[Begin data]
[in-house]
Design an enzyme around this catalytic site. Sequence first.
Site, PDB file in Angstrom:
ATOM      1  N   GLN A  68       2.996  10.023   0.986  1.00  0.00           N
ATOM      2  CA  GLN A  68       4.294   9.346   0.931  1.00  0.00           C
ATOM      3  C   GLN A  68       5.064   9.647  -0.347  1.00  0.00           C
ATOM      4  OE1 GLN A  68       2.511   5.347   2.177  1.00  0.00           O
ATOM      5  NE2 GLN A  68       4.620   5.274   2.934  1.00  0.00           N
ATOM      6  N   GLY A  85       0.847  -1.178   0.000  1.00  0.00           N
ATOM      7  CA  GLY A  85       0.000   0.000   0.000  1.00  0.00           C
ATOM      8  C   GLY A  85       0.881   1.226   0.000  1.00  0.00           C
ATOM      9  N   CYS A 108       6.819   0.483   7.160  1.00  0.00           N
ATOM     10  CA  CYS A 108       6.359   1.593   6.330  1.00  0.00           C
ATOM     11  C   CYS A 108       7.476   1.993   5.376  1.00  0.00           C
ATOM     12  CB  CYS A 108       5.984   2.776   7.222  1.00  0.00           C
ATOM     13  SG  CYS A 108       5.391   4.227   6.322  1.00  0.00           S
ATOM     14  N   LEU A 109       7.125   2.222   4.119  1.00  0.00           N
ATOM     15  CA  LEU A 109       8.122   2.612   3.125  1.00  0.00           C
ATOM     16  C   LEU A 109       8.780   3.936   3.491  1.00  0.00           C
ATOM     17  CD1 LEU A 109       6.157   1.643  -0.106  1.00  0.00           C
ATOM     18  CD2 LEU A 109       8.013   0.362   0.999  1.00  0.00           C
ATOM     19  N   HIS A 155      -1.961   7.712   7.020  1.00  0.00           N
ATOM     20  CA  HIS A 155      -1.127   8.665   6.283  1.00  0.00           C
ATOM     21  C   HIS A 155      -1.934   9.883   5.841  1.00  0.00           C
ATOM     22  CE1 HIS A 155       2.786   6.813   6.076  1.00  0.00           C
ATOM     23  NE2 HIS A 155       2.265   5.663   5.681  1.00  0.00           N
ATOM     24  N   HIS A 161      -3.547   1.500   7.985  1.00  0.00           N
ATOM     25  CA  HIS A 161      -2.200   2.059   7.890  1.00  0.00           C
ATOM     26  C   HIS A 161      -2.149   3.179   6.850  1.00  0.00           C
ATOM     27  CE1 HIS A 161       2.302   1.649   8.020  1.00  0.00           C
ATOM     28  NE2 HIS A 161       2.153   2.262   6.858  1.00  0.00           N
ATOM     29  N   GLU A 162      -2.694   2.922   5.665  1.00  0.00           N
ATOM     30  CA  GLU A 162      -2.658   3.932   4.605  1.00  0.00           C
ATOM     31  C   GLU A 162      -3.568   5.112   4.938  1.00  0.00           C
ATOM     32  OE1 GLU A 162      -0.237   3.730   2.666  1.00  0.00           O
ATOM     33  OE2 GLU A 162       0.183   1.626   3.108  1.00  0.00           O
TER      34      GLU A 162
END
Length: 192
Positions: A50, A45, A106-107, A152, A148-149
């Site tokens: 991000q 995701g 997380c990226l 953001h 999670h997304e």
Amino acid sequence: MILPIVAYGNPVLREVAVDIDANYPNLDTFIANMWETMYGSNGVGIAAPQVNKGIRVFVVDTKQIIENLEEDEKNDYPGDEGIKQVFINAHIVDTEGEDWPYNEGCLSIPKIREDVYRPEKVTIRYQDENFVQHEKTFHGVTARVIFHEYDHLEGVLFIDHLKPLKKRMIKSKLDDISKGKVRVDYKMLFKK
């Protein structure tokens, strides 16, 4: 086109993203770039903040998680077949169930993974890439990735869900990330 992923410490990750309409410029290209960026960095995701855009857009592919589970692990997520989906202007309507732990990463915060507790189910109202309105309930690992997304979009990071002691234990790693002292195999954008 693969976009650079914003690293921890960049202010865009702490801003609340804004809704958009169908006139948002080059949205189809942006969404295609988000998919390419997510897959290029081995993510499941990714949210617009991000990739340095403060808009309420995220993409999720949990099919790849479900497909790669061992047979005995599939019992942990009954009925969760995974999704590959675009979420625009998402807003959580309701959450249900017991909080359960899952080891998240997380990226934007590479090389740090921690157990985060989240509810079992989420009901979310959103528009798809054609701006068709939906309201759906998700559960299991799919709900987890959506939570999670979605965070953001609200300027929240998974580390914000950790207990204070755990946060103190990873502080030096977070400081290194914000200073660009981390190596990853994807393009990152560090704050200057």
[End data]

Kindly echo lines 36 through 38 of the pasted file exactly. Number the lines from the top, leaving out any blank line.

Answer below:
ATOM     33  OE2 GLU A 162       0.183   1.626   3.108  1.00  0.00           O
TER      34      GLU A 162
END